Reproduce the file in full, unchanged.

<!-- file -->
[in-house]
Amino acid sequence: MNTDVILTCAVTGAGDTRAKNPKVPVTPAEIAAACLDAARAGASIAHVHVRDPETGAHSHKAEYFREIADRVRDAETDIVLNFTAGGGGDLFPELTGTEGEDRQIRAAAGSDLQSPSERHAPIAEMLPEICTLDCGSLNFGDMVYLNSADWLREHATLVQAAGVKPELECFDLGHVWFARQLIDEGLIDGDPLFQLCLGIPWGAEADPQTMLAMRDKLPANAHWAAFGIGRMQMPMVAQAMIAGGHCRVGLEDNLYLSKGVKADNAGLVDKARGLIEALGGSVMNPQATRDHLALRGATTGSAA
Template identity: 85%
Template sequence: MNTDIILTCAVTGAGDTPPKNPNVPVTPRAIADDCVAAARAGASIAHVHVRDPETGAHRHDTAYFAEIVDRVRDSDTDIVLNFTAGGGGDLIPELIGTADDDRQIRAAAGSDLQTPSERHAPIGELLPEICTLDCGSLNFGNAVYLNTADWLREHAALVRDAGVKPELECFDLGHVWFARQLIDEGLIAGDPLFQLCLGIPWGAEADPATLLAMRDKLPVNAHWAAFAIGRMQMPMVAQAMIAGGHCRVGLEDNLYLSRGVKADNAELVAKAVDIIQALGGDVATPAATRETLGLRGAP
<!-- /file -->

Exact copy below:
[in-house]
Amino acid sequence: MNTDVILTCAVTGAGDTRAKNPKVPVTPAEIAAACLDAARAGASIAHVHVRDPETGAHSHKAEYFREIADRVRDAETDIVLNFTAGGGGDLFPELTGTEGEDRQIRAAAGSDLQSPSERHAPIAEMLPEICTLDCGSLNFGDMVYLNSADWLREHATLVQAAGVKPELECFDLGHVWFARQLIDEGLIDGDPLFQLCLGIPWGAEADPQTMLAMRDKLPANAHWAAFGIGRMQMPMVAQAMIAGGHCRVGLEDNLYLSKGVKADNAGLVDKARGLIEALGGSVMNPQATRDHLALRGATTGSAA
Template identity: 85%
Template sequence: MNTDIILTCAVTGAGDTPPKNPNVPVTPRAIADDCVAAARAGASIAHVHVRDPETGAHRHDTAYFAEIVDRVRDSDTDIVLNFTAGGGGDLIPELIGTADDDRQIRAAAGSDLQTPSERHAPIGELLPEICTLDCGSLNFGNAVYLNTADWLREHAALVRDAGVKPELECFDLGHVWFARQLIDEGLIAGDPLFQLCLGIPWGAEADPATLLAMRDKLPVNAHWAAFAIGRMQMPMVAQAMIAGGHCRVGLEDNLYLSRGVKADNAELVAKAVDIIQALGGDVATPAATRETLGLRGAP